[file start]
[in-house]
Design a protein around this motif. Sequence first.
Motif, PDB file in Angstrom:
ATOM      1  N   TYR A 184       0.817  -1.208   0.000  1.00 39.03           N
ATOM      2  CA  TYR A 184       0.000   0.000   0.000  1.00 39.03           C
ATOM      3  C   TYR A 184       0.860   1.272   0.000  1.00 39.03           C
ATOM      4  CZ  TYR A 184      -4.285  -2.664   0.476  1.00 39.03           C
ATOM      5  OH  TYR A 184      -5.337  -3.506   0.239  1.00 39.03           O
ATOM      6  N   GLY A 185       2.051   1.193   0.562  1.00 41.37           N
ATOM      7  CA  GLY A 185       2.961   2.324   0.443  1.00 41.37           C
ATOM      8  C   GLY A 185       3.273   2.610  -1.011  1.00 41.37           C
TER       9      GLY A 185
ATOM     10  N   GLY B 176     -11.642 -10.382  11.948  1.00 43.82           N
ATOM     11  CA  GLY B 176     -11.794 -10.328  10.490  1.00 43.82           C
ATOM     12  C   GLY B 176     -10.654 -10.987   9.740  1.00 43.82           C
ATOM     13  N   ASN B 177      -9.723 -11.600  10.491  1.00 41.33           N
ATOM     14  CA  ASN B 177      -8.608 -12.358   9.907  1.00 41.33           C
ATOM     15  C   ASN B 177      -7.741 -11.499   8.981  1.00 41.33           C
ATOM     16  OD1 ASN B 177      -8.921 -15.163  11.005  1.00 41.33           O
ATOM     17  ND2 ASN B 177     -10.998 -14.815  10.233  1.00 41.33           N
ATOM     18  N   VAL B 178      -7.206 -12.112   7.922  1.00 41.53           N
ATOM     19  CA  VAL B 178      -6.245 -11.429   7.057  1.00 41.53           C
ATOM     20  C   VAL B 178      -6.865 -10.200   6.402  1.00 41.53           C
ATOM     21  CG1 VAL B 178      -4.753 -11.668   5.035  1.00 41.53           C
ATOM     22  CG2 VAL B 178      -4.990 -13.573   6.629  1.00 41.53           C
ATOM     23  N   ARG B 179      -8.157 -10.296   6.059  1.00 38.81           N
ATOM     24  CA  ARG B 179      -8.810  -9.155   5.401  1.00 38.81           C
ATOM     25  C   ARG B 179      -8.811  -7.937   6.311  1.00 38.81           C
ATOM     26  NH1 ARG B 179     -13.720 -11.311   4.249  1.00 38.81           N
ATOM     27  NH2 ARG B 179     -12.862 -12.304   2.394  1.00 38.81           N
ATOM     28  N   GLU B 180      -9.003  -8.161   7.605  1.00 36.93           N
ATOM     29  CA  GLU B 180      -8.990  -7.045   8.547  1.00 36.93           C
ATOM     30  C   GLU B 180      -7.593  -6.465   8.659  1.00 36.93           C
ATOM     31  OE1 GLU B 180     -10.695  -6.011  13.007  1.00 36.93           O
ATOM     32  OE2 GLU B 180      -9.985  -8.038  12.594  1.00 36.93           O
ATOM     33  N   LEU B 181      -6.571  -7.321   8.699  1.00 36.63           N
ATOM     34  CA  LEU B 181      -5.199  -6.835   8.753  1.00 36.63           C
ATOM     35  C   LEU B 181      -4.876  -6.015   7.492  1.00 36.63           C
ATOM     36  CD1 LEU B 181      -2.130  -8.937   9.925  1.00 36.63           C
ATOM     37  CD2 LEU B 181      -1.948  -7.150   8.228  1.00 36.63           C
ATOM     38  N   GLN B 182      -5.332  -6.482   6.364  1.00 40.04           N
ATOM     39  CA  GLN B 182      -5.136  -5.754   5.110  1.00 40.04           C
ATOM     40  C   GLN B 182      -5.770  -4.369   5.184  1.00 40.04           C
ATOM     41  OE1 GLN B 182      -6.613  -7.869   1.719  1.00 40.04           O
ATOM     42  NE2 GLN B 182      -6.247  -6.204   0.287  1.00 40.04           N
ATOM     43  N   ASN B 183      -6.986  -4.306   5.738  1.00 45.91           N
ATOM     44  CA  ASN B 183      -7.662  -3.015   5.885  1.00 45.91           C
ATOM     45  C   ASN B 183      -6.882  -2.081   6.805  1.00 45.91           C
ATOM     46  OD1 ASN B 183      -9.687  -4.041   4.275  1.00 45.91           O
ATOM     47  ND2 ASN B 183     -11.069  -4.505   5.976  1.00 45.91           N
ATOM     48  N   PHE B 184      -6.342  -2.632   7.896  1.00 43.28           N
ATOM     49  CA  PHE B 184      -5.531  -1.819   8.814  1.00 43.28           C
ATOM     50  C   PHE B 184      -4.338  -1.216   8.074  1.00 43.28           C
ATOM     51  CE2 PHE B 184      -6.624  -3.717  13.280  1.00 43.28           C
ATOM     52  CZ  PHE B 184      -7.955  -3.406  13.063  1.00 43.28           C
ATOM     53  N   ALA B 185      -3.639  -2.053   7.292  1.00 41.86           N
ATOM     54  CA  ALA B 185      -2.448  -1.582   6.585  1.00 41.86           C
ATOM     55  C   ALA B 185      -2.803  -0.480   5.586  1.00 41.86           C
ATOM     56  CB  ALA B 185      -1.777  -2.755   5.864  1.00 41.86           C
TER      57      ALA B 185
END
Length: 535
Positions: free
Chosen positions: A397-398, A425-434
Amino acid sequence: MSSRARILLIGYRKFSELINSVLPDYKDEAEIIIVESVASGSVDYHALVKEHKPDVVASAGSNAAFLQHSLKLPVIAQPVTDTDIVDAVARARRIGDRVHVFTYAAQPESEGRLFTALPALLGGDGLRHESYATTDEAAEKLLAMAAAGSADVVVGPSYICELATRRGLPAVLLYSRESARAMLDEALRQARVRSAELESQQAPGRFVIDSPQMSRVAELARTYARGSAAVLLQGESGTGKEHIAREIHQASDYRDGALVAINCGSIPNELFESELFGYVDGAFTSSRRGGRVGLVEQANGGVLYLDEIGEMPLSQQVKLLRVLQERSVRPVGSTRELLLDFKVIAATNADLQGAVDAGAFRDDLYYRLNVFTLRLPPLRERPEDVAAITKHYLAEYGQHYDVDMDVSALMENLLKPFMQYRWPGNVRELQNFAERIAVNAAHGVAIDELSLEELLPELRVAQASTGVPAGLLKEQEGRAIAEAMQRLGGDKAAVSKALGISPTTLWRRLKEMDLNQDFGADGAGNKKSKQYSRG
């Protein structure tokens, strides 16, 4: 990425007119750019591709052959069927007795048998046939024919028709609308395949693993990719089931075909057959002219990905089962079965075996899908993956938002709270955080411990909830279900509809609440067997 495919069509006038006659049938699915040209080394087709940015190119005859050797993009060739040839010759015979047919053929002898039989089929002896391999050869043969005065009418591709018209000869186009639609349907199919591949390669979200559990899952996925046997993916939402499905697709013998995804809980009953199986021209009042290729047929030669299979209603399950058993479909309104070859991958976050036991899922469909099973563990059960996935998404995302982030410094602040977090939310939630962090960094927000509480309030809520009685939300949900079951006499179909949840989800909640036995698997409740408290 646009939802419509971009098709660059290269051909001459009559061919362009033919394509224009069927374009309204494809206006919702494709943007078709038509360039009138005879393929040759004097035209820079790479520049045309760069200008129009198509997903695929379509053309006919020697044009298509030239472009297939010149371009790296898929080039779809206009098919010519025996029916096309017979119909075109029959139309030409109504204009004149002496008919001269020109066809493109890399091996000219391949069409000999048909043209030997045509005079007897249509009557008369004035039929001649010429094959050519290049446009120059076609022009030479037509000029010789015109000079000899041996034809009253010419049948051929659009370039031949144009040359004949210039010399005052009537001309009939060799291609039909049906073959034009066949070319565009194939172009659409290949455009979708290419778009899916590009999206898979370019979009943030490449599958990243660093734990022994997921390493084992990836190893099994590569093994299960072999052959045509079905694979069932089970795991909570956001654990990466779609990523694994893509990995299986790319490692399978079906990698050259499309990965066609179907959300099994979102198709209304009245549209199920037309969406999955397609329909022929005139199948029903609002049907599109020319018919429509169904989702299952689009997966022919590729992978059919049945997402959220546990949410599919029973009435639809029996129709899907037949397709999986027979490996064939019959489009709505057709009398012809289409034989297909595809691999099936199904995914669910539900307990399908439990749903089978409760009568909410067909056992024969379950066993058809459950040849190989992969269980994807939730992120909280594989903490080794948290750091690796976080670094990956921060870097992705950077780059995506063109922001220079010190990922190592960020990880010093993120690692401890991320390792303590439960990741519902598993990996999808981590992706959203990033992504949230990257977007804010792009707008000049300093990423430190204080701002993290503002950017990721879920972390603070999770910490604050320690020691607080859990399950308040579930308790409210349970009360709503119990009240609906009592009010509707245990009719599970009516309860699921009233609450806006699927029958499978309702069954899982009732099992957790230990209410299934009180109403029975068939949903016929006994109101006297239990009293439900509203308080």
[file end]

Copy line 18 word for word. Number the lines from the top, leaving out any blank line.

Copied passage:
ATOM     15  C   ASN B 177      -7.741 -11.499   8.981  1.00 41.33           C